People don’t always ask for what they need. However, you can empower them to feel comfortable asking for help when they need it. Make it clear you want to be accommodating and you want to know how to be of help.

If you see a person with a disability struggling to do something and you ask whether you can help, don’t be offended if they decline your assistance. What may look like struggling to you may simply be their taking a little more time to complete a task.

Show them you are listening and you value what they have to say. For example, if you see someone in a wheelchair, you may want to sit down to be at their eye level when having a conversation. If you see someone with an interpreter or assistant, talk directly to the person, not their interpreter or assistant.

4. Pay attention.

My father, who has the same progressive condition I have, uses a walker or a wheelchair when he goes out. When I asked my mother about their experience, she said, “When your dad and I are out and about, some people are in such a hurry they don’t pay attention. So simply be aware of the disabled around you as you move through the world and take a second to offer kindness.”

Just as you try to be more aware of pedestrians, bicyclists, and motorcyclists when you are driving, make it a goal to be more aware of the people in your life in general. Take time to slow down and be mindful of the world around you.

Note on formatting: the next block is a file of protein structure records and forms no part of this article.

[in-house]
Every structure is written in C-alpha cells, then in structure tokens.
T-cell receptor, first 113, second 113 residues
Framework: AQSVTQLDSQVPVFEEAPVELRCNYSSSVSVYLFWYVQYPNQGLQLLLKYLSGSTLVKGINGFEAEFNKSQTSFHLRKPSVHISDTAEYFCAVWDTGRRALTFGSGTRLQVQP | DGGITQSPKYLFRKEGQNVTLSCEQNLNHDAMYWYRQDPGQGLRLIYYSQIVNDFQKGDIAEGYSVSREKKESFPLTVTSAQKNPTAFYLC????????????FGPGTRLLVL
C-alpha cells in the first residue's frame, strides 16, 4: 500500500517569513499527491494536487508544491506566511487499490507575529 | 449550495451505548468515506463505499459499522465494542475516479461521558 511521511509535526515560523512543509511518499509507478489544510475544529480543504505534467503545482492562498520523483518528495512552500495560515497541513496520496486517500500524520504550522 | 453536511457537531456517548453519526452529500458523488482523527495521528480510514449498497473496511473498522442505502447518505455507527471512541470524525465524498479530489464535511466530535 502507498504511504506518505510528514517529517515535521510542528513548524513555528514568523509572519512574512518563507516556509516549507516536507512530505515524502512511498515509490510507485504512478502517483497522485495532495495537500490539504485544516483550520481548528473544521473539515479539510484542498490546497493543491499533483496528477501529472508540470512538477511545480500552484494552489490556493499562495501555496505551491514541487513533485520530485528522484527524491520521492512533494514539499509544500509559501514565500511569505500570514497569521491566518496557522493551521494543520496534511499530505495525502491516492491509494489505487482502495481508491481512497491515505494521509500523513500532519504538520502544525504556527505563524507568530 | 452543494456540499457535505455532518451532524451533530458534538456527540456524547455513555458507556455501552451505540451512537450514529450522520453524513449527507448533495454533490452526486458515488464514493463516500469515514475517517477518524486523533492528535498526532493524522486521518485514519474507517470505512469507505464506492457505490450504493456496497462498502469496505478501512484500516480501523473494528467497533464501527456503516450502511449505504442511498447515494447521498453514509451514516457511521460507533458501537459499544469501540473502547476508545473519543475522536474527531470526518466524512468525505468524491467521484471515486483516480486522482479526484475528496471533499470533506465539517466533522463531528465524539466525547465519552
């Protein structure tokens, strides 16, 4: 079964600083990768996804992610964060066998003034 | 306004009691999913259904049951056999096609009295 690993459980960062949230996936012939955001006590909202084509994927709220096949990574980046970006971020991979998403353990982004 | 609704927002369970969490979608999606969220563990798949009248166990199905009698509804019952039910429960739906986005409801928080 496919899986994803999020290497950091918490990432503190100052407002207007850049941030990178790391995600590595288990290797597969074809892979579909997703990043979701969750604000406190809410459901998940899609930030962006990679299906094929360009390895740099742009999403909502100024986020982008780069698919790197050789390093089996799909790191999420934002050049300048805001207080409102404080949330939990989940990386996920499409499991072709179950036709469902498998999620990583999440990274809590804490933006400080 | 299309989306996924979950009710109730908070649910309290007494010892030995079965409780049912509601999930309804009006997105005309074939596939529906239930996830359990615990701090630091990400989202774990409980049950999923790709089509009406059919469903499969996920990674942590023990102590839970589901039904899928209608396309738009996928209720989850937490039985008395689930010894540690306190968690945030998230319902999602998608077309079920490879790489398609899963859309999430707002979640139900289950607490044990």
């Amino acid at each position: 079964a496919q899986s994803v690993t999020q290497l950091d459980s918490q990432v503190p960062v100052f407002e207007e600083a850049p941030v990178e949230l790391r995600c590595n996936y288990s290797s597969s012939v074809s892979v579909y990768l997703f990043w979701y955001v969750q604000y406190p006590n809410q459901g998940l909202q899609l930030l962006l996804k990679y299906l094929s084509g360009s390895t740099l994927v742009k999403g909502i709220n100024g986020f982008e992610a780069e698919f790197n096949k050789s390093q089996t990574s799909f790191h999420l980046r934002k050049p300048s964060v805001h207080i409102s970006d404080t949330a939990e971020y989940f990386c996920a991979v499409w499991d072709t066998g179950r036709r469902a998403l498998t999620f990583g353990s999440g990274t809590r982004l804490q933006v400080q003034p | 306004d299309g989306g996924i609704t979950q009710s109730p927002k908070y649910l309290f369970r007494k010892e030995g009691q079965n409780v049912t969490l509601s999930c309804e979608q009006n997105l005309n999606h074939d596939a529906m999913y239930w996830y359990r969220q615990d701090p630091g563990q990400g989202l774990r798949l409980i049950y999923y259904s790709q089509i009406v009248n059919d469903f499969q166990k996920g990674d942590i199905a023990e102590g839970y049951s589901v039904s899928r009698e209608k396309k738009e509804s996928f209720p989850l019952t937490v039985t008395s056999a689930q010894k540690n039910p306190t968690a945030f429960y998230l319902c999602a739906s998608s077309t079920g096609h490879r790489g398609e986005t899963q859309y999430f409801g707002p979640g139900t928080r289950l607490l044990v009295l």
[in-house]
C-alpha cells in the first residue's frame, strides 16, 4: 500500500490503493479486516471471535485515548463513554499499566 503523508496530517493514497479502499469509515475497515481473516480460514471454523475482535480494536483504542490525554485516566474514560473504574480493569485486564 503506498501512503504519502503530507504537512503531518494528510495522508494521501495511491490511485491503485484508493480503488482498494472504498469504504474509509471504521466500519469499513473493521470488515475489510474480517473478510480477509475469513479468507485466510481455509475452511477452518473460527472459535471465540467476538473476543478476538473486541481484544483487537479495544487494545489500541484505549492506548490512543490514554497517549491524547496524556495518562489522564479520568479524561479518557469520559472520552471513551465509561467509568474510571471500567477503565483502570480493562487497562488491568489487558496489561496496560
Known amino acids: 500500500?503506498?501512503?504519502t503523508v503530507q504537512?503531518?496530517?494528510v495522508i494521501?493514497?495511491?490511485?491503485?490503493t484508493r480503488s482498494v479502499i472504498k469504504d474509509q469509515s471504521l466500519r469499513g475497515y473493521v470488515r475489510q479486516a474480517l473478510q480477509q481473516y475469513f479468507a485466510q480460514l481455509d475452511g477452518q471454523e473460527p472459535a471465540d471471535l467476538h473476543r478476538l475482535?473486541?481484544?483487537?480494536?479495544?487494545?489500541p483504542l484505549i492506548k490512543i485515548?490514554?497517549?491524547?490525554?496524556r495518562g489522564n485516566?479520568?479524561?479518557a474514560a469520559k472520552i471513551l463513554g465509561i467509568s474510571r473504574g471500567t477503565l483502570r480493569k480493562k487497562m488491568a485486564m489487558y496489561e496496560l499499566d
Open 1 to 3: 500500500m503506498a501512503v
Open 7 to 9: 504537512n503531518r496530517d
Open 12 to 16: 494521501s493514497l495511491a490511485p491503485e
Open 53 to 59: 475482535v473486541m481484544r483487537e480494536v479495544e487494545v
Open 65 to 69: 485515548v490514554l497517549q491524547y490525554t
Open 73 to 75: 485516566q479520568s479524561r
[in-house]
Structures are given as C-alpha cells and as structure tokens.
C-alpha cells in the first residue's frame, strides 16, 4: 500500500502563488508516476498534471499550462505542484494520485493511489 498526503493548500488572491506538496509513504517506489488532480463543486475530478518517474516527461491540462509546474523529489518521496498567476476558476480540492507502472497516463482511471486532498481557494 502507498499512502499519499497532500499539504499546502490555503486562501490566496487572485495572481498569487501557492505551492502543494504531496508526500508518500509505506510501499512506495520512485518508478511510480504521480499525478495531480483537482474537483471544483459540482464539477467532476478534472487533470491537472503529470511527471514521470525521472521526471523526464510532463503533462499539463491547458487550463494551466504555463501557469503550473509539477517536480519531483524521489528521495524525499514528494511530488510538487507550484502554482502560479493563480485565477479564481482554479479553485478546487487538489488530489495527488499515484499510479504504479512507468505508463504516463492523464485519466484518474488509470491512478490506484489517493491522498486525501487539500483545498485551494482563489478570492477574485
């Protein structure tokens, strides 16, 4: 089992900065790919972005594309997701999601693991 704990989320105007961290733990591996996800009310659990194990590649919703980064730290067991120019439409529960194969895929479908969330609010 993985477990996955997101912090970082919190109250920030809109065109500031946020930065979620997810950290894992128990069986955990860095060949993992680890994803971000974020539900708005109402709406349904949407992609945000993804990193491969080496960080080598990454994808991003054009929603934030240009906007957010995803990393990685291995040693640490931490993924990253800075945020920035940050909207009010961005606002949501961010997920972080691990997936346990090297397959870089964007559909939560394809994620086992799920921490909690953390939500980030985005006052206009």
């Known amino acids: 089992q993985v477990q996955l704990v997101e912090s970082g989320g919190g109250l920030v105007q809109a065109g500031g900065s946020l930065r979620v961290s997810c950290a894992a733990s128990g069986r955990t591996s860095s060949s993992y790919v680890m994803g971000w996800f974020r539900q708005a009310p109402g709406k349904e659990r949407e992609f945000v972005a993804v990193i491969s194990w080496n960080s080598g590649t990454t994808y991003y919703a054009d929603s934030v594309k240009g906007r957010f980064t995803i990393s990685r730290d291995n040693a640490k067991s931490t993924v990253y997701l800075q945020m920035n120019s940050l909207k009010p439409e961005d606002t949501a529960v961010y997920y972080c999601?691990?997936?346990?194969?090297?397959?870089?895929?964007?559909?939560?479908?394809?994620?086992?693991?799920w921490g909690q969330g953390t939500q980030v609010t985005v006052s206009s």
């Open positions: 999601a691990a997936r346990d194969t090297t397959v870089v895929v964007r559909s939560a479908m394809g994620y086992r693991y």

5. Learn more about their experiences.

There are many myths and misconceptions about disability. As author Greg Burkholder said, “Even basic words like blind and deaf are misunderstood.” It’s common for hearing people to believe that those who experience deafness can’t hear anything and only experience silence, but this isn’t always true.

Fortunately, today, we have easy access to information. Seek out books about disability, online writers or podcasters who deal with disabilities, and movies and television shows that accurately reflect the experiences of those with disabilities.

6. Volunteer for and donate to organizations helping people with disabilities.

There are a number of organizations doing great work for those with disabilities. Ability First, the American Association of People with Disabilities, and the United Disability services are excellent examples. You can also seek out local organizations and volunteer opportunities.

In Unity, we believe our inner divinity—a connection to all that is—transcends any human condition we may experience. While we can appreciate our differences, learning to see beyond individual circumstances to the spiritual truth of all people is the way to create connection and compassion.

We strive to see the wholeness in everyone, and while that may show up differently for each of us on the human level, there is a deeper, spiritual essence within. As Rev. Joy Wyler, J.D., said, “When we speak about spiritual wholeness, we must put down the ‘perfect’ Barbie-doll examples flouted by society and instead lift up the true image of divine wholeness within each of us.”

About the Author

Sara Crawford is a digital content specialist at Unity World Headquarters. She is also a playwright and the author of Time After Time as well as The Muse Chronicles trilogy. For more information, please see

Sara Crawford